P2.32 A factor controlling surface wind asymmetries in typhoons revealed by QuikSCAT wind data

Thursday, 13 May 2010
Arizona Ballroom 7 (JW MArriott Starr Pass Resort)
Mitsuru Ueno, MRI, Tsukuba, Japan; and K. Bessho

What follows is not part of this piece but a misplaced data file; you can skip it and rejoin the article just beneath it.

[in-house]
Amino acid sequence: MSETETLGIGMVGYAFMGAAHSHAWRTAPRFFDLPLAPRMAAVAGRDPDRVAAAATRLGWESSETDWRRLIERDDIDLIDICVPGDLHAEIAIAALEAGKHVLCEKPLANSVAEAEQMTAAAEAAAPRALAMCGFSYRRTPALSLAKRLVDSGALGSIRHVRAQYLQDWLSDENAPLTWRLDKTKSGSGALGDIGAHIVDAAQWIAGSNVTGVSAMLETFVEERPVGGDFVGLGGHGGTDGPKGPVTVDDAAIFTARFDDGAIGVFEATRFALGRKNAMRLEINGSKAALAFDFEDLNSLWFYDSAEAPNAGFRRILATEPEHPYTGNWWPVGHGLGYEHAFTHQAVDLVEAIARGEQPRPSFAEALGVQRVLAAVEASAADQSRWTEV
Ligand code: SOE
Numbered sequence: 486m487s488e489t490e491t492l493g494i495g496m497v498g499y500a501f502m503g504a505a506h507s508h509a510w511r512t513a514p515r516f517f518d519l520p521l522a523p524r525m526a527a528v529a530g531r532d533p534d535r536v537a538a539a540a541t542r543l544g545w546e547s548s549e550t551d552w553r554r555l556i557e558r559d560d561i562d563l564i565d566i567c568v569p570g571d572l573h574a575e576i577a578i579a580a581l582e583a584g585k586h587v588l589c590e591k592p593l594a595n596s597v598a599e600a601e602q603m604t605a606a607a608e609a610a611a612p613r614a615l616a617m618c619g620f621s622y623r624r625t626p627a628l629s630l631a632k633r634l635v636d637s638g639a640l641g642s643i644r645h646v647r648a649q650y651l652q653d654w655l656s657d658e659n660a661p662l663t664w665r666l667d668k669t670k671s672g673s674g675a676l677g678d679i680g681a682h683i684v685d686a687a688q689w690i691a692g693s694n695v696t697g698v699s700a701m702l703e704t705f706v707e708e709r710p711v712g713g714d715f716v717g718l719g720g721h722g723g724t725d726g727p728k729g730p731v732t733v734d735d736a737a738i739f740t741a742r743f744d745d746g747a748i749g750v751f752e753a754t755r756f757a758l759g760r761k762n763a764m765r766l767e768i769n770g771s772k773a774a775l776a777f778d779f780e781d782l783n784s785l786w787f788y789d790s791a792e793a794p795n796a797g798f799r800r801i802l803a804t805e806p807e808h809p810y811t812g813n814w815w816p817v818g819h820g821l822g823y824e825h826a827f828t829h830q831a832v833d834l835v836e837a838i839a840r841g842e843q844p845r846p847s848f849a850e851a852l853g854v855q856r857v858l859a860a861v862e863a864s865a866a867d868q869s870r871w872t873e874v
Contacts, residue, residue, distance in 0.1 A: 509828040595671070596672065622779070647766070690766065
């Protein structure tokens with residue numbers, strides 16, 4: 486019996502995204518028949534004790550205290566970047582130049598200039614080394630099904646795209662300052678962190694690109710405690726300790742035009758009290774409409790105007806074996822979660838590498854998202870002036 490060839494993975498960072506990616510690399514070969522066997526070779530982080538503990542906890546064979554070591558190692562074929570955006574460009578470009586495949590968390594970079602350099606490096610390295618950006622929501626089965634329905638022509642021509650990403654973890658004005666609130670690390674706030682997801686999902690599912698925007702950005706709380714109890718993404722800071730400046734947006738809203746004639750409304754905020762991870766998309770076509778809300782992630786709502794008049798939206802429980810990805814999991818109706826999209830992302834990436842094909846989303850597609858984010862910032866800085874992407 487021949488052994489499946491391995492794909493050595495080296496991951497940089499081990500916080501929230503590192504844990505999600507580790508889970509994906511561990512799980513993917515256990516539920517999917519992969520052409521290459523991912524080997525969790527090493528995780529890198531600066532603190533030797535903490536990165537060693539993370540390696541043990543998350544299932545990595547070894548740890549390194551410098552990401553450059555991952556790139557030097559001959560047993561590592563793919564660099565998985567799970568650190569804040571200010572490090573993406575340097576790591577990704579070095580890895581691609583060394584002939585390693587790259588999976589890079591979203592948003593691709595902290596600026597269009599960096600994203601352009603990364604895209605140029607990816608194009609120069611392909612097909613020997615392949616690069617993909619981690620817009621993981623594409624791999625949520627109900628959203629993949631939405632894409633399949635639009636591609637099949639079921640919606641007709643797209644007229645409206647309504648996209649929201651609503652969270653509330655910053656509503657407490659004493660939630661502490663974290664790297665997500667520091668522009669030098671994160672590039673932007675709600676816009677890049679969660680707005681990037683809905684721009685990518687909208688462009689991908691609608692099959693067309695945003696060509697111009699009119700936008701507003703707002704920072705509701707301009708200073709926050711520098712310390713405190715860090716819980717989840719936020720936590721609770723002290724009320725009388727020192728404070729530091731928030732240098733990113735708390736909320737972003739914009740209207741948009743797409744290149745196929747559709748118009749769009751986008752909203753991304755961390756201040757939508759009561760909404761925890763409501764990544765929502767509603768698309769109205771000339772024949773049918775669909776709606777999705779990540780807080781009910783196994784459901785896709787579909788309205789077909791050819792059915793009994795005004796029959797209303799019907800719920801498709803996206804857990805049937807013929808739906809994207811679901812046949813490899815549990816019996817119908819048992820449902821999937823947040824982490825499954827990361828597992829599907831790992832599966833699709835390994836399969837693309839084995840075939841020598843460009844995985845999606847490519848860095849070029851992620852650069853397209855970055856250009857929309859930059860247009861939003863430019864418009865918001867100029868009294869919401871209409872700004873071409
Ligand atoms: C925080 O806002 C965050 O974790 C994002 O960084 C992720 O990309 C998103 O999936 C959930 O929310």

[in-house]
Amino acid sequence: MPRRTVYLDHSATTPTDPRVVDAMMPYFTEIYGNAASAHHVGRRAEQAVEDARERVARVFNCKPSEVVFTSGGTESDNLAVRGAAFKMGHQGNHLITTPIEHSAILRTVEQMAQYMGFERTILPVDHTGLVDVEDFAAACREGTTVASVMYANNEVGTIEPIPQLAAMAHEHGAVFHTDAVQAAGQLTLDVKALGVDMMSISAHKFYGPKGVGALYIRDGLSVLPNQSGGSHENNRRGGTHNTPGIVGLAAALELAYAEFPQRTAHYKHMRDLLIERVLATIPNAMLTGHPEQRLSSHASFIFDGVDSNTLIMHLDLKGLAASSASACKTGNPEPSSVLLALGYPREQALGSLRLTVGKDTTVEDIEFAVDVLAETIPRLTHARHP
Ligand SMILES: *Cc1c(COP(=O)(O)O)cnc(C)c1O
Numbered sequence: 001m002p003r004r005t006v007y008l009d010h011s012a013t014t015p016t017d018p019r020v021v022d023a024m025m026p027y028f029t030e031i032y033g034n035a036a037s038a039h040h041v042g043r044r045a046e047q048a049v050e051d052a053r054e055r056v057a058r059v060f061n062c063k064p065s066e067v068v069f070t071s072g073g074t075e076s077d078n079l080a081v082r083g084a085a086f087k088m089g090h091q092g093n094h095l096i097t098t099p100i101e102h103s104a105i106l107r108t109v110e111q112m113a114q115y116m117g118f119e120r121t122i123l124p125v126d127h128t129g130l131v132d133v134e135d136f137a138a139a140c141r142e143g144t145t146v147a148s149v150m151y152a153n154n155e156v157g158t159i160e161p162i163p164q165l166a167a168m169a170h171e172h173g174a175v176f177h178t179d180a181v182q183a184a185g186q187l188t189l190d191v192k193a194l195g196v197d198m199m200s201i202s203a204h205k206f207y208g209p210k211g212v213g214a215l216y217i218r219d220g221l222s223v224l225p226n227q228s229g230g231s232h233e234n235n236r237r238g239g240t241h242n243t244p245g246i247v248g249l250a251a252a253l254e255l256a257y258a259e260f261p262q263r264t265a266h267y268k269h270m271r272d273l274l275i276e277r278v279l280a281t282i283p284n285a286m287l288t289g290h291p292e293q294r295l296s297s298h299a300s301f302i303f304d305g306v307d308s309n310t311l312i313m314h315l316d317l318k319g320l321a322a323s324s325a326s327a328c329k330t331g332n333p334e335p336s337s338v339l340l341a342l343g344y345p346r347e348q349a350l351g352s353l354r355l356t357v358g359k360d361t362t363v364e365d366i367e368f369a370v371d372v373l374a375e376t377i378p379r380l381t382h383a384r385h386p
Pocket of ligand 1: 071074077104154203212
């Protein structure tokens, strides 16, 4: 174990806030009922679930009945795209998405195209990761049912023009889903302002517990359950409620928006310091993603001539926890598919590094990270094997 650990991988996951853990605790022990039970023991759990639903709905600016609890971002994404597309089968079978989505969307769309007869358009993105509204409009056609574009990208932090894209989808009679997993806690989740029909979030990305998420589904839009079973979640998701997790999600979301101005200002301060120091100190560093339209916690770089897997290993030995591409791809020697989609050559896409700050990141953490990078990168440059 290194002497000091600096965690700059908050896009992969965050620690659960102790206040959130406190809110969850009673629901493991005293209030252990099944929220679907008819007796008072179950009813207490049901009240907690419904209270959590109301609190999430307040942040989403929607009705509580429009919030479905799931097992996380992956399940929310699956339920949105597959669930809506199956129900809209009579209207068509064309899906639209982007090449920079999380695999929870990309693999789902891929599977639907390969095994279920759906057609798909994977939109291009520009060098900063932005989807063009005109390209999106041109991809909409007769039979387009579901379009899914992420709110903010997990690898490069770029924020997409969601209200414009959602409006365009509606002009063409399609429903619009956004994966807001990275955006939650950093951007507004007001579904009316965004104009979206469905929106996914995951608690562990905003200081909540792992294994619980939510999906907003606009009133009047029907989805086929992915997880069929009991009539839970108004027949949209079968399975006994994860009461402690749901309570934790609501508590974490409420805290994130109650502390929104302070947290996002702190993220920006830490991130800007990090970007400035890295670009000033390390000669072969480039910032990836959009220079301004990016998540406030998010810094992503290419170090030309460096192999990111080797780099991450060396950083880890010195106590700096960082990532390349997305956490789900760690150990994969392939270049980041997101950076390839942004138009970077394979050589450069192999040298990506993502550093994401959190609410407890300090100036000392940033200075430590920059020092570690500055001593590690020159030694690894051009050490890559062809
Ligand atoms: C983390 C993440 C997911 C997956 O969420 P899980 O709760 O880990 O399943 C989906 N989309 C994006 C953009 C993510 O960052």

Recent observational and modeling studies strongly suggest that environmental vertical wind shear (EVWS) plays a dominant role in the azimuthal wavenumber-one rainfall asymmetry in the eyewall region not only over open oceans but also over lands. Considering that boundary layer convergence is the main source of vertical mass flow into the eyewall cloud, the close connection between EVWS and rainfall asymmetry leads to the speculation that low-level wind distributions in the typhoon inner-core region may be strongly modulated by EVWS. To confirm the speculation, Ueno and Kunii (2009, hereafter UK09) investigated asymmetric features of near-surface wind fields in typhoons attempting both theoretical and statistical approaches. The present study is an extension of UK09. In the statistical component of UK09, the mesoscale analysis data, which have been produced operationally at Japan Meteorological Agency, were used to reveal the relationship between EVWS and near-surface wind asymmetries in typhoons. In the present study, QuikSCAT wind data obtained from the Remote Sensing Systems website are used in place of the mesoscale analysis data. One advantage of QuikSCAT wind data over mesoscale analysis data is that the former is free of any deficiencies included in the data assimilation system used (e.g., incomplete boundary layer parameterization). The results of the present study are quite consistent with those of UK09, confirming large control of near-surface wind distributions in typhoons by EVWS.
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